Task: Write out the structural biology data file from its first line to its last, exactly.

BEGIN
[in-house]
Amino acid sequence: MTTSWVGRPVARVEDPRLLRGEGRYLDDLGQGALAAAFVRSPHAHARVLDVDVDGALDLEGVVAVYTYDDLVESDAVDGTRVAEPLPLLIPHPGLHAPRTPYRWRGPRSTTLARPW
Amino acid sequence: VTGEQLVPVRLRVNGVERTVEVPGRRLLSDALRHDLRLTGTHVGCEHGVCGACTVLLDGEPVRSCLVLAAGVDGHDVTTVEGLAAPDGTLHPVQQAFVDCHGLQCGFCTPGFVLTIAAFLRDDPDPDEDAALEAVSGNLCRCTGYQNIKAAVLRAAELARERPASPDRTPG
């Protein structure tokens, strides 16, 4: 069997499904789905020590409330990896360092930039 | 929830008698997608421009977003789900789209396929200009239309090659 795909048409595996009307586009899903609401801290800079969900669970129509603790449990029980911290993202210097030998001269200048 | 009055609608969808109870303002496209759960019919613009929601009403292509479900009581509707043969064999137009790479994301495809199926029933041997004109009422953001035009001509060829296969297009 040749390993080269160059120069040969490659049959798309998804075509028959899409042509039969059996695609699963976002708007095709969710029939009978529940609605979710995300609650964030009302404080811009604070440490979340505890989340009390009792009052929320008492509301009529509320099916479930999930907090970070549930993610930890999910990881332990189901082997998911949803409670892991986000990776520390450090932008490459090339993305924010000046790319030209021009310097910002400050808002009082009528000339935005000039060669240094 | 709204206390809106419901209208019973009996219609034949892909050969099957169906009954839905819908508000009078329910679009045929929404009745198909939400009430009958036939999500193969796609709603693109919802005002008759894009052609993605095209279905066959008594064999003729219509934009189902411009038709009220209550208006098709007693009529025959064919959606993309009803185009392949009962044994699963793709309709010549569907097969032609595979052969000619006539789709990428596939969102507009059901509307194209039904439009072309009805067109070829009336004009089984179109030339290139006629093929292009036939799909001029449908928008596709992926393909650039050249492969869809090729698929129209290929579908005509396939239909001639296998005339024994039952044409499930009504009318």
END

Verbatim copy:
[in-house]
Amino acid sequence: MTTSWVGRPVARVEDPRLLRGEGRYLDDLGQGALAAAFVRSPHAHARVLDVDVDGALDLEGVVAVYTYDDLVESDAVDGTRVAEPLPLLIPHPGLHAPRTPYRWRGPRSTTLARPW
Amino acid sequence: VTGEQLVPVRLRVNGVERTVEVPGRRLLSDALRHDLRLTGTHVGCEHGVCGACTVLLDGEPVRSCLVLAAGVDGHDVTTVEGLAAPDGTLHPVQQAFVDCHGLQCGFCTPGFVLTIAAFLRDDPDPDEDAALEAVSGNLCRCTGYQNIKAAVLRAAELARERPASPDRTPG
């Protein structure tokens, strides 16, 4: 069997499904789905020590409330990896360092930039 | 929830008698997608421009977003789900789209396929200009239309090659 795909048409595996009307586009899903609401801290800079969900669970129509603790449990029980911290993202210097030998001269200048 | 009055609608969808109870303002496209759960019919613009929601009403292509479900009581509707043969064999137009790479994301495809199926029933041997004109009422953001035009001509060829296969297009 040749390993080269160059120069040969490659049959798309998804075509028959899409042509039969059996695609699963976002708007095709969710029939009978529940609605979710995300609650964030009302404080811009604070440490979340505890989340009390009792009052929320008492509301009529509320099916479930999930907090970070549930993610930890999910990881332990189901082997998911949803409670892991986000990776520390450090932008490459090339993305924010000046790319030209021009310097910002400050808002009082009528000339935005000039060669240094 | 709204206390809106419901209208019973009996219609034949892909050969099957169906009954839905819908508000009078329910679009045929929404009745198909939400009430009958036939999500193969796609709603693109919802005002008759894009052609993605095209279905066959008594064999003729219509934009189902411009038709009220209550208006098709007693009529025959064919959606993309009803185009392949009962044994699963793709309709010549569907097969032609595979052969000619006539789709990428596939969102507009059901509307194209039904439009072309009805067109070829009336004009089984179109030339290139006629093929292009036939799909001029449908928008596709992926393909650039050249492969869809090729698929129209290929579908005509396939239909001639296998005339024994039952044409499930009504009318």